Newly elected Grandview school board members already agree on one thing: They want to create opportunities for students and teachers in art, technology and higher-level coursework.

Newly elected Grandview school board members already agree on one thing: They want to create opportunities for students and teachers in art, technology and higher-level coursework.

Incumbent Grant Douglass was elected to his second four-year term Nov. 5. Former Grandview Heights High School principal Jesse Truett and small-business owner and photographer Stephanie Evans won their first board terms.

Douglass was re-elected with 1,070 votes. Truett earned 1,033 votes and Evans, who ran as a write-in, garnered 696 votes.

Former Grandview mayor and City Council member John Leutz received 561 votes and former school board secretary Sandra Kipp took 266 votes, according to final, unofficial results from the Franklin County Board of Elections. Both Leutz and Kipp also ran as write-ins.

"There is already some great forward momentum happening and I look forward to being a part of that," Evans said about being elected.

Evans, a mother of three in the district, owns a photography studio in Grandview. Passionate about the arts, Evans said she wants to use opportunities in art already available within the community to educate students beyond the classroom.

"There's options that are truly right here in our community, and downtown Columbus is only a few minutes away," Evans said. "I think we can take advantage of more of the opportunities presented there."

She said she hopes to incorporate more performance and studio arts in the schools by blending arts and STEM curriculum. STEM stands for science, technology, engineering and mathematics.

"We can reach more learning that way and expose our kids to more arts and culture," Evans said.

Truett, a father of three with his eldest in kindergarten, has worked in various high schools in central Ohio as a teacher, assistant principal and principal.

Most recently, he resigned as principal of Grandview High School in 2011. Truett served as assistant principal, then principal at Newark High School from 2002-08, and as a math teacher at Westerville North High School from 1997-2002.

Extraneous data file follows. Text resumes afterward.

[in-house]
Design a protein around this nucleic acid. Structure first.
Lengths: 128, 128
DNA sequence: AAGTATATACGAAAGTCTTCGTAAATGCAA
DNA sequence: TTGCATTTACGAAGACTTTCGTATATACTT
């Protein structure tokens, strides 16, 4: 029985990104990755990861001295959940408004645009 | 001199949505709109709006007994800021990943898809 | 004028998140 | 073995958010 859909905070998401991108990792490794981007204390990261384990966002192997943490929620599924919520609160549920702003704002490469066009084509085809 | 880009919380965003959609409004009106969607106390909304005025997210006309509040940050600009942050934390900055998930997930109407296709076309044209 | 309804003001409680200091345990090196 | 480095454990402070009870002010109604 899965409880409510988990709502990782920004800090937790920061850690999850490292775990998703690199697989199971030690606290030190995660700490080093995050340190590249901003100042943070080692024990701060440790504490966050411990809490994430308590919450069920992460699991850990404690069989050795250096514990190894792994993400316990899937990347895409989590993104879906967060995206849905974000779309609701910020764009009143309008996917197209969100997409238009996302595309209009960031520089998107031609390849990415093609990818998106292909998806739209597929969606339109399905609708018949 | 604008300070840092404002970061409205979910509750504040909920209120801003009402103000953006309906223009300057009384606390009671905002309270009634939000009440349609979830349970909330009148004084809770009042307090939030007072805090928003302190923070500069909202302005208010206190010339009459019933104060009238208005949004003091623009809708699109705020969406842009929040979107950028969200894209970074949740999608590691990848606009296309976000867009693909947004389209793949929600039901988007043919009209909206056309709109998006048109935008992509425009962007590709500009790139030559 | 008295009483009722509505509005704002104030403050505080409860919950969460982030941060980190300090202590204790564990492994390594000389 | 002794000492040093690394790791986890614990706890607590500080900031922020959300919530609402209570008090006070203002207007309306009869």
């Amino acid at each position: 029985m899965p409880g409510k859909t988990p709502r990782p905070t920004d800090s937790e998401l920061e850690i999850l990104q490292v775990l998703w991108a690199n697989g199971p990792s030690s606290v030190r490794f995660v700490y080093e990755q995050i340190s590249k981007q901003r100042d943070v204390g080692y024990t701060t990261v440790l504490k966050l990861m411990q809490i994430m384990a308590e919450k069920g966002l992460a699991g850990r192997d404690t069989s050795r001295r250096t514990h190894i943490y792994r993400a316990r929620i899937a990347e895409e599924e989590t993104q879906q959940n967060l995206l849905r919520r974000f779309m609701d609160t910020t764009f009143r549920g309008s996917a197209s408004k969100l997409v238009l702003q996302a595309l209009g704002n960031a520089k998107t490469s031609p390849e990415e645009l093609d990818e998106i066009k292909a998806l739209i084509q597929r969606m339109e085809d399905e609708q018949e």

Currently, he's a senior director at the Ohio Alliance for Public Charter Schools.

Familiar with the high school, Truett said he wants to see more students take advantage of the higher-level coursework available.

"I really want to see goals that are very measureable and centered for student growth and development and see what our output is like," Truett said. "What are the opportunities our graduates had and how many are taking advantage of those opportunities?

"We need to ensure that the kids at the graduation level are leaving with the experience and transcripts to allow them to be very competitive internationally," he added, "and I think the district has made a lot of growth in that in the past few years."

Part of that growth may be attributed to the school board incorporating more technology in the classroom. Douglass said he plans to continue the board's work in pushing technology, such as providing Internet-access devices for students.

Within the next year, every high school student will have either a laptop or tablet computer to use in the classroom. Students will have the option to bring in their own or be provided a basic model by the district, Douglass said.

The current laptops in the high school will be handed down to the middle school students until every student has a device to use, Douglass said.

"I'm fairly positive that in the next four years, every child will have a device when they come in the classroom," he said.

The high school recently saw a huge improvement in technology. Last month, an anonymous donor gave $200,000 to the school for new computers, a 3D printer and IT improvements in the classrooms.

Additionally, the board of education has helped to update the schools' Wi-Fi capabilities and create a single-content management platform. Teachers, students and parents have access to the platform to view syllabi, homework and assignments, Douglass said.

"We're not about meeting the state's standard in technology in Grandview," Douglass said. "We're about meeting what the standard that should be issued for society and what should be issued for when you go to college."

Douglass, Evans and Truett will be sworn in during the first board meeting in January. Current board member Katie Clifford will step down at the end of the year.

Also on the ballot

In the unopposed race for four Grandview City Council seats, incumbent Anthony Panzera earned the most votes last week with 963, according to the board of elections.

Newcomers Chris Smith, Greta Kearns and Steve Papineau will join council next year after taking 926, 819 and 800 votes, respectively.

Current council members Steve Reynolds, Susan Jagers and P'Elizabeth Koelker all chose not to run and will leave council at the end of the year.

The race for Marble Cliff Village Council also was unopposed. The only new face in the race, Dow Voelker, came out on top with 149 votes, followed by incumbents Matthew Cincione with 148 votes, John Kukura with 142 votes and Linda Siefkas with 129 votes.

Incumbent David Roark will step down at the end of 2013 after choosing not to run.

Both Grandview liquor options passed easily.

La Tavola, set to open at 1664 W. First Ave., earned the right to sell liquor on Sundays with a 258-36 vote. Rancho Alegre, 1075 Dublin Road, earned the same privilege with a 200-23 vote.

Finally, Issue 39 in Clinton Township was approved by voters 350-118. This will allow Grandview to partner with the township in a tax-sharing agreement.